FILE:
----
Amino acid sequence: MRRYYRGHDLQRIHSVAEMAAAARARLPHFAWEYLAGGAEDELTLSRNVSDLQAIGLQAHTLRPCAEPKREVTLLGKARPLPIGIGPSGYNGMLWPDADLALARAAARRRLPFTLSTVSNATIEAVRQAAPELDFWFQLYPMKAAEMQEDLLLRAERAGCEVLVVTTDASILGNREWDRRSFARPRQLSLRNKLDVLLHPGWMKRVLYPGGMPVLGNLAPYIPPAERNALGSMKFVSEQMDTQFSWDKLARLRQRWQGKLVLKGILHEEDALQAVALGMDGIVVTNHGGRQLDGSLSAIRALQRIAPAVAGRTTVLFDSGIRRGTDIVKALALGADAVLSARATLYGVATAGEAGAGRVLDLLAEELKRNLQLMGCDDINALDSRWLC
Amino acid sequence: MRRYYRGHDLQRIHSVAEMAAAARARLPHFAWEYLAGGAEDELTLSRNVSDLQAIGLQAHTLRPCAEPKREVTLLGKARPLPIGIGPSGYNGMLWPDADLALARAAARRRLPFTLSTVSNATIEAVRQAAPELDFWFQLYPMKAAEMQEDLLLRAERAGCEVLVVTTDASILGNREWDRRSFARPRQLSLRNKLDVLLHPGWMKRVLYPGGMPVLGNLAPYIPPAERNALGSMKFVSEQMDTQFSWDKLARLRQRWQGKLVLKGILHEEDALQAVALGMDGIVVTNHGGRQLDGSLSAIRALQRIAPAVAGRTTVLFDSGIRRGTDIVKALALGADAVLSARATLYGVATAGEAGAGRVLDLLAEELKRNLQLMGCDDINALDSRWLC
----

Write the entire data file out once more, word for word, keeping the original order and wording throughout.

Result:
Amino acid sequence: MRRYYRGHDLQRIHSVAEMAAAARARLPHFAWEYLAGGAEDELTLSRNVSDLQAIGLQAHTLRPCAEPKREVTLLGKARPLPIGIGPSGYNGMLWPDADLALARAAARRRLPFTLSTVSNATIEAVRQAAPELDFWFQLYPMKAAEMQEDLLLRAERAGCEVLVVTTDASILGNREWDRRSFARPRQLSLRNKLDVLLHPGWMKRVLYPGGMPVLGNLAPYIPPAERNALGSMKFVSEQMDTQFSWDKLARLRQRWQGKLVLKGILHEEDALQAVALGMDGIVVTNHGGRQLDGSLSAIRALQRIAPAVAGRTTVLFDSGIRRGTDIVKALALGADAVLSARATLYGVATAGEAGAGRVLDLLAEELKRNLQLMGCDDINALDSRWLC
Amino acid sequence: MRRYYRGHDLQRIHSVAEMAAAARARLPHFAWEYLAGGAEDELTLSRNVSDLQAIGLQAHTLRPCAEPKREVTLLGKARPLPIGIGPSGYNGMLWPDADLALARAAARRRLPFTLSTVSNATIEAVRQAAPELDFWFQLYPMKAAEMQEDLLLRAERAGCEVLVVTTDASILGNREWDRRSFARPRQLSLRNKLDVLLHPGWMKRVLYPGGMPVLGNLAPYIPPAERNALGSMKFVSEQMDTQFSWDKLARLRQRWQGKLVLKGILHEEDALQAVALGMDGIVVTNHGGRQLDGSLSAIRALQRIAPAVAGRTTVLFDSGIRRGTDIVKALALGADAVLSARATLYGVATAGEAGAGRVLDLLAEELKRNLQLMGCDDINALDSRWLC